The insoluble equation: How to balance Europe's natural gas supply and demand
The balance of supply and demand of natural gas in Europe is approaching a perfect storm, blown by geological, geopolitical and regulatory forces.
Although North Sea production is still very active, supply continues to decline, and production of the giant Groningen field continues to be reduced following earthquakes induced by the depleted reservoir.
On the other side of the equation, Europe's gas demand continues to increase in line with GDP growth. Also, many governments have agreed to phase out coal for power generation; gas is the obvious alternative. Countering this is the unachievable goal of reducing CO2 emissions by 20% of 1990 levels per decade and energy-efficiency initiatives in the industrial sector.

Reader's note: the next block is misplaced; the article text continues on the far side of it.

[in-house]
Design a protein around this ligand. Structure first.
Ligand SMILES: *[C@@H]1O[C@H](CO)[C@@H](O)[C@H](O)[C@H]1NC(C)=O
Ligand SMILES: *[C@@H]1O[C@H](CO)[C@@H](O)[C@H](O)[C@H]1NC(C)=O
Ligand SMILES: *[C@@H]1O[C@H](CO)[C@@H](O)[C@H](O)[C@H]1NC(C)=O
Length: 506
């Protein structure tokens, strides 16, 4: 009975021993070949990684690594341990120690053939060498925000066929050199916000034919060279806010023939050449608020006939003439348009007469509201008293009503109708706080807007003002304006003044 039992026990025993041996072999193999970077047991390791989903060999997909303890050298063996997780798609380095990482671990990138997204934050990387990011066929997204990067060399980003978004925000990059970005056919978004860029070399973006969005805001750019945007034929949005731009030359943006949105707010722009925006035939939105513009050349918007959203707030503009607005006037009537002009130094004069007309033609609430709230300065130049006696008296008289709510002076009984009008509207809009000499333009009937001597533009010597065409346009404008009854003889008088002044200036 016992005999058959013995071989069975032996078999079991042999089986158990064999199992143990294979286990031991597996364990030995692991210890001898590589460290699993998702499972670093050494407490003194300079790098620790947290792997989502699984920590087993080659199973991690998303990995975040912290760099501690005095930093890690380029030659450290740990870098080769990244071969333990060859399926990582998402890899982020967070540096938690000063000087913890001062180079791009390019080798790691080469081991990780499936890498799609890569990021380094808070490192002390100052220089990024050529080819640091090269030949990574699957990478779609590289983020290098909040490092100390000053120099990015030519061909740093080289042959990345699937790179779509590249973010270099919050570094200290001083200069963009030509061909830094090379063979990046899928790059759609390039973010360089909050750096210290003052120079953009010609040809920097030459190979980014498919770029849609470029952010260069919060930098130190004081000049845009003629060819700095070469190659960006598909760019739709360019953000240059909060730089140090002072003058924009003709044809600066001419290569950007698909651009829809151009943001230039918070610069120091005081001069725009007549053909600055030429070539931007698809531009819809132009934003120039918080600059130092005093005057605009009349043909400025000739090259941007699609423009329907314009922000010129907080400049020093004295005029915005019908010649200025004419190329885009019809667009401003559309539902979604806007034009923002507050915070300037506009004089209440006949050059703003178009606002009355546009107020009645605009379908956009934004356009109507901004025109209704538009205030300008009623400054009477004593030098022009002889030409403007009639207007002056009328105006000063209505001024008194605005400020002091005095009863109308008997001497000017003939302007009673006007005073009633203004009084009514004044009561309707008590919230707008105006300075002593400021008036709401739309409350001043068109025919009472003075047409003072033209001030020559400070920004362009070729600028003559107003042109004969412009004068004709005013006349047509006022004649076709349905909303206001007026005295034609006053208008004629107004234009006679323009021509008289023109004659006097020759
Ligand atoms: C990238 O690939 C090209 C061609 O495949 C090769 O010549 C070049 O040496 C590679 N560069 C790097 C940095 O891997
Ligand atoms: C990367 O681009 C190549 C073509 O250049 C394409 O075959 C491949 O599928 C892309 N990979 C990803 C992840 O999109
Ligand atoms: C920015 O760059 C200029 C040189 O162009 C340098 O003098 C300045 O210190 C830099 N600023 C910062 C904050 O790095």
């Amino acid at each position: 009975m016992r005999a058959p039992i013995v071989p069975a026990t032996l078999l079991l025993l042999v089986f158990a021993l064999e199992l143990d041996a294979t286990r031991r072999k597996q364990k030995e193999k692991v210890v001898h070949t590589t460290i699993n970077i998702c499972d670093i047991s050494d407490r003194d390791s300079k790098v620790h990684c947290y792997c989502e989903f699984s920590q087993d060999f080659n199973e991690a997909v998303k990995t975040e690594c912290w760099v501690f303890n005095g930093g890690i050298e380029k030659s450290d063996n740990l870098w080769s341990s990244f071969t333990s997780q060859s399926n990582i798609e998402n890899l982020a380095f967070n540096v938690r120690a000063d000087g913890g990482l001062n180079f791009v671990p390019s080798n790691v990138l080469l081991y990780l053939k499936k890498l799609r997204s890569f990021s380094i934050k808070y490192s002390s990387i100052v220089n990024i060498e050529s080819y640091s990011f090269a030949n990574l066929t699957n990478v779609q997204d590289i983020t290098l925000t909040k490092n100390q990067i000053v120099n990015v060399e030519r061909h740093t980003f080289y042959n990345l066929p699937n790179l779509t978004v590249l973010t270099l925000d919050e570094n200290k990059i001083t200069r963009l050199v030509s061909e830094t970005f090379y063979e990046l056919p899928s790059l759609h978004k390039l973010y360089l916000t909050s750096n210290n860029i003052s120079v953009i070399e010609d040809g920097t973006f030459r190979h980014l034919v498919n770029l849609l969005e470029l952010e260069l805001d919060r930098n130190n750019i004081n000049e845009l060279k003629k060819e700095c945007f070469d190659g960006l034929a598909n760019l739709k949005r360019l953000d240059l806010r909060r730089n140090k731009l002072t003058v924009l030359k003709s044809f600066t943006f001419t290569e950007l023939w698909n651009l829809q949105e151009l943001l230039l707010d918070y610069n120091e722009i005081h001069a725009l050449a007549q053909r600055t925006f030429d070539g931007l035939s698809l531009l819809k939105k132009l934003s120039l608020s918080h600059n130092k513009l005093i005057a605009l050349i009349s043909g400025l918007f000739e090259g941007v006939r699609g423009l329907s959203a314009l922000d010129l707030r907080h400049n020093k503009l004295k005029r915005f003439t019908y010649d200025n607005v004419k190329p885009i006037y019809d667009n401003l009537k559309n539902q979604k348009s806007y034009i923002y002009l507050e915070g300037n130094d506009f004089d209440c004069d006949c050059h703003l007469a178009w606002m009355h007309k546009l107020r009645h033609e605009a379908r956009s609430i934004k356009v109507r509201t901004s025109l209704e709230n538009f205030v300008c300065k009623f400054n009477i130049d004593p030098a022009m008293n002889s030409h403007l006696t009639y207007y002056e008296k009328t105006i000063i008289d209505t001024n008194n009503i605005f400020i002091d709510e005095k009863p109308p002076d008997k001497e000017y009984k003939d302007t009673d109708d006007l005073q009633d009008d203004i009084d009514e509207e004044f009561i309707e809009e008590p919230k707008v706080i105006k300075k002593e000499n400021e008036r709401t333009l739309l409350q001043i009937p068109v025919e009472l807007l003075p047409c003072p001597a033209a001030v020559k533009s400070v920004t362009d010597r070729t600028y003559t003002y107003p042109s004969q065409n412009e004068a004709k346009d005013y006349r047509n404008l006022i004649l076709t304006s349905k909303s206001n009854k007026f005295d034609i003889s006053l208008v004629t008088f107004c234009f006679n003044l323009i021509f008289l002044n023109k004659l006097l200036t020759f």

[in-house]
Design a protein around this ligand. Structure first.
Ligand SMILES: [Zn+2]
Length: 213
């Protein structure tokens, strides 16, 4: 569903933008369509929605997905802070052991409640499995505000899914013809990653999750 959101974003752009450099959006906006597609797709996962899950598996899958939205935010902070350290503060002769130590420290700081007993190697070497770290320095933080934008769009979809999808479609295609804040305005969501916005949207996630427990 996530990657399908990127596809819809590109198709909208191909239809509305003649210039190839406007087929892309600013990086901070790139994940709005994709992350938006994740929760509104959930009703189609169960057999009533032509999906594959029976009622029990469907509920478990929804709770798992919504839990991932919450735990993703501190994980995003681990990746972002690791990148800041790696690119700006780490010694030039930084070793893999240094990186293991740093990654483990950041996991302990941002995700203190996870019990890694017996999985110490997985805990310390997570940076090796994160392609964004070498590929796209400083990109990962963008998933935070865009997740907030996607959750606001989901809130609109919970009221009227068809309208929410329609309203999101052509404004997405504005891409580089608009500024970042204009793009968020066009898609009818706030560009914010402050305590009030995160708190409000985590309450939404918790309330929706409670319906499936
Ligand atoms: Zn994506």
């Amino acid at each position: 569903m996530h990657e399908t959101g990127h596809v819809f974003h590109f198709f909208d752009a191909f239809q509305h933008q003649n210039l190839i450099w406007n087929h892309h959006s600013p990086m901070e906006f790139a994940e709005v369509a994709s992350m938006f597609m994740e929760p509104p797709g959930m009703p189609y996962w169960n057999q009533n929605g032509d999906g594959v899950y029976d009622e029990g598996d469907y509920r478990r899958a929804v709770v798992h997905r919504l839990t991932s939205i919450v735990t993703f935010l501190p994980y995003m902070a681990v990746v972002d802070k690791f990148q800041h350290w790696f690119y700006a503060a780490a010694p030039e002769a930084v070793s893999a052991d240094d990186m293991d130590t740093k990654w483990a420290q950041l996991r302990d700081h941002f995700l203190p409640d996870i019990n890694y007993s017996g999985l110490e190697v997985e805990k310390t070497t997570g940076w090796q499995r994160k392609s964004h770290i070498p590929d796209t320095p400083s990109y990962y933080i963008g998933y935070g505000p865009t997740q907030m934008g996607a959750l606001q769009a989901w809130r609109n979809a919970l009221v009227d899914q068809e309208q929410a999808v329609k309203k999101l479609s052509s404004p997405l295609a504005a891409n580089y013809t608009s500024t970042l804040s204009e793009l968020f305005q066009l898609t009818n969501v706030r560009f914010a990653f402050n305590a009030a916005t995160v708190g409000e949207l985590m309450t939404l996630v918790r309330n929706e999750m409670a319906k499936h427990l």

The equation has many unknowns, but there are options for filling the gap. Few technical barriers exist but many geopolitical considerations are on the table, informing views on the security of supply.
Additional gas imports are available via the northern corridor (Russia), the southern corridor (the Caspian) or, with new discoveries in the Eastern Mediterranean, from the Middle East and Africa. LNG is available from the usual sources, but with two new and competing players: the ever-growing capacity of Russia's Artic LNG projects, which are cheaply and reliably available now; or from new liquefaction projects yet to start up in the US.
In this paper, we will discuss the choices available to the governments of Europe, along with their relative merits and potential consequences, and paint a picture of just one of several futures for European gas.